- This is an exciting change in how citizen engagement was handled in the past, when often by the time the proposed development made it in front of citizens, the development was already far along into the planning process, and at times it would be too late to make suggested citizen changes. These new neighborhood development meetings are typically held in the evening to allow for more participation by citizens, and there are no limiting open meeting law restrictions in place. That means you have more than 3 minutes of public comment to make your recommendations and concerns heard, with the ability to have a dialogue with the developers.
- Placing the involvement of citizens at the forefront, the goal is to allow developers and citizens to interact directly to discuss project enhancements, concerns, and negotiate to come to an agreement. Any promises made by developers to citizens during these meetings are placed into the proposal that is seen by county officials.
- How do you learn about these meetings? Make a note to visit the citizen engagement site on a regular basis, or sign up for email notifications based on the Washoe County districts you are interested in. As meetings are scheduled, notifications are sent out to email subscribers as well as to individual property owners surrounding the proposed development. We also encourage you to sign up for the Nextdoor social media site for your specific neighborhood, where meetings are also frequently posted as a courtesy. We look forward to hearing your voice!
WHO IS WASHOE311?
Since its inception in 2016, Washoe311 has served as a nexus between county residents and local government in Washoe County. Our service center is currently made up of four dedicated staff who receive, track, and respond to all requests made through Washoe311. If you’ve ever reported a pothole, requested a marriage certificate, asked assistance on voter registration, or even submitted a public records request – chances are you’ve communicated with our team.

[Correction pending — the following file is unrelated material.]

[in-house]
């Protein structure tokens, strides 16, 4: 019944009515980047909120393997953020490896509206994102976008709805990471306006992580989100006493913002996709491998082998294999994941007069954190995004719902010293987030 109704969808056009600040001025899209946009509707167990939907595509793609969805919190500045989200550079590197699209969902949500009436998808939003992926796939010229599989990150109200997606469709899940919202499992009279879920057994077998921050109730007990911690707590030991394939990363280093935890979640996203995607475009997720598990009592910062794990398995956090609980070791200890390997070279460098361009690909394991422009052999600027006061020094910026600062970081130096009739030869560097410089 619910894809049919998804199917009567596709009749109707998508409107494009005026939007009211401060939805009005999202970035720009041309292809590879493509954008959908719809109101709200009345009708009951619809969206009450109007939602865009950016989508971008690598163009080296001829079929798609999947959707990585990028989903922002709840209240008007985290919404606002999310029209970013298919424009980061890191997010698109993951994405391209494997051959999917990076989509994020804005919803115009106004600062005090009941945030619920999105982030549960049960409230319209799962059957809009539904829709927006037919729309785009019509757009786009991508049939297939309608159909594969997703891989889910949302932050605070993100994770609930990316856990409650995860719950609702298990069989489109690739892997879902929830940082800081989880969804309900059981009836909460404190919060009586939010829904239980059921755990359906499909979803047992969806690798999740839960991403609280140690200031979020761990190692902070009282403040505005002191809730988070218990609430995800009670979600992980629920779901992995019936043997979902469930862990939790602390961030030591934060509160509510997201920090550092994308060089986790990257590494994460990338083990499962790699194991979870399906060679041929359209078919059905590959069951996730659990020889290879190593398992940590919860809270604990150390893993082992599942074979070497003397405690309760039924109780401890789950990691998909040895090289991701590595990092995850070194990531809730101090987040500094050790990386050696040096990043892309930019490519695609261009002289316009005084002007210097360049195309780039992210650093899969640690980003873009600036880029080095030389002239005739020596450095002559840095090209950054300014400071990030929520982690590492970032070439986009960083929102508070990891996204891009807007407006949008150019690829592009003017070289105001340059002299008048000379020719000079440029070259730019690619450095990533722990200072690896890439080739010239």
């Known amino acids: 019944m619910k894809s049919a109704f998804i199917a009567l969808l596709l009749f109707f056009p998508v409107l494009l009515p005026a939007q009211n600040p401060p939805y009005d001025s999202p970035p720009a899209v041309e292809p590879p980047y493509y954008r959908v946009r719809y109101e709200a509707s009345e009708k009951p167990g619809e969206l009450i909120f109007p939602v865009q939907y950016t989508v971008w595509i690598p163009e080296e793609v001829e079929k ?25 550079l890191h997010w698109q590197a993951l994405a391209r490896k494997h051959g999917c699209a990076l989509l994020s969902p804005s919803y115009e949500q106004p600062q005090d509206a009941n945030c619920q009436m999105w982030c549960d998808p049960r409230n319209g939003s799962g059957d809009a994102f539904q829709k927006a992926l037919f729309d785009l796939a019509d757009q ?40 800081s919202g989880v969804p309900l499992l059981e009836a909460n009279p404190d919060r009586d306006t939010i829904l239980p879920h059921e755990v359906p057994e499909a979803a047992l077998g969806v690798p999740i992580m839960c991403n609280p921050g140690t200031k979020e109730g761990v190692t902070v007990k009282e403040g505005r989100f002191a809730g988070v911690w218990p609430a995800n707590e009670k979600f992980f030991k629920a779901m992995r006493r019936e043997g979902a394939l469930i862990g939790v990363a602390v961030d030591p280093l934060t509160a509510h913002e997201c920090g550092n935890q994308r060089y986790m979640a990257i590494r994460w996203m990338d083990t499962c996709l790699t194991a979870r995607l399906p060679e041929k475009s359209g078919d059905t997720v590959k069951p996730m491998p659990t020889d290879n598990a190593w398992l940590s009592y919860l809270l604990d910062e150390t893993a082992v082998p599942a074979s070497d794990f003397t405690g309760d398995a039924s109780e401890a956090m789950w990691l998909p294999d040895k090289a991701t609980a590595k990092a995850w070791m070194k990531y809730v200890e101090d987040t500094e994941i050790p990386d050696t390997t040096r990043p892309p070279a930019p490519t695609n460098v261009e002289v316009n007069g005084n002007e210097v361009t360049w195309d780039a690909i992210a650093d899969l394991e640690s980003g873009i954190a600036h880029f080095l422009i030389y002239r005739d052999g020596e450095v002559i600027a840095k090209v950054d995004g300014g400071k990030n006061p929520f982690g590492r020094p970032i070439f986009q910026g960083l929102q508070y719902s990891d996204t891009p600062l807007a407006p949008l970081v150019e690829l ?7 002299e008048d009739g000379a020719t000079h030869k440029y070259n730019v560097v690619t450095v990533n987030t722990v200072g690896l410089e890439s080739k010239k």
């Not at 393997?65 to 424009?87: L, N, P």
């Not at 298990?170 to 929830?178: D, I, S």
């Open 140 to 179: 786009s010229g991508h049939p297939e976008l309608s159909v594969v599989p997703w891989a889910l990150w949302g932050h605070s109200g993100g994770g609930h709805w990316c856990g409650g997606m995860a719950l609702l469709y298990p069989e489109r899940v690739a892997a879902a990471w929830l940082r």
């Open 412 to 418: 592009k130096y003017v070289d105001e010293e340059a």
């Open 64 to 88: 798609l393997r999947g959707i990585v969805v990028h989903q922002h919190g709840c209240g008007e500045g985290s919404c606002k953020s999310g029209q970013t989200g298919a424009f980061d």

Last year, the service center responded to over 24,000 requests! This is made possible by our in-office staff and partnership with Crisis Support Services of Nevada (CSSNV) which allows the service center to operate 24 hours a day, 7 days a week. No matter the day or hour, live staff is available to assist!
How do they help?
As a county that encompasses City of Reno, City of Sparks, Nevada Bureau of Land Management (BLM), United States Forest Service (USFS), and tribal lands under the Reno-Sparks Indian Colony, Washoe311 understands the importance of utilizing established working relationships with our community partners to assist residents no matter the jurisdiction. It is the mission of 3-1-1 to point you in the right direction, even if Washoe County is not the answer.
Washoe311 understands that no one person has all the knowledge, so it maintains and uses an extensive knowledge database, which is also accessible to the public. 3-1-1 also addresses frequently asked questions through the You Ask, We Answer page.
How to contact Washoe311?
To reach Washoe311 at any time, 24/7, simply dial 3-1-1 or 775-328-2003, if outside the Washoe County area. You can also submit a request for service by using the online portal. For emergencies, please continue to dial 9-1-1, as Washoe311 is a non-emergency service center. Otherwise, we’d love to hear from you!
CAT BURGLAR: TAKING ACTION TO PROTECT YOUR CATALYTIC CONVERTER
At any given time in Washoe County, whether in downtown Reno, suburban areas, or rural, street thieves are capable of stealing your vehicle’s catalytic converter (CAT) within a few short minutes. The reason why thieves are so active is because stolen CATs can bring revenue to them on three levels: the street level (stealing CATs out of parked vehicles), transport (using social media to sell CATs outside of Washoe County), and scrap metal processors (selling scrap metals to businesses outside of Washoe County).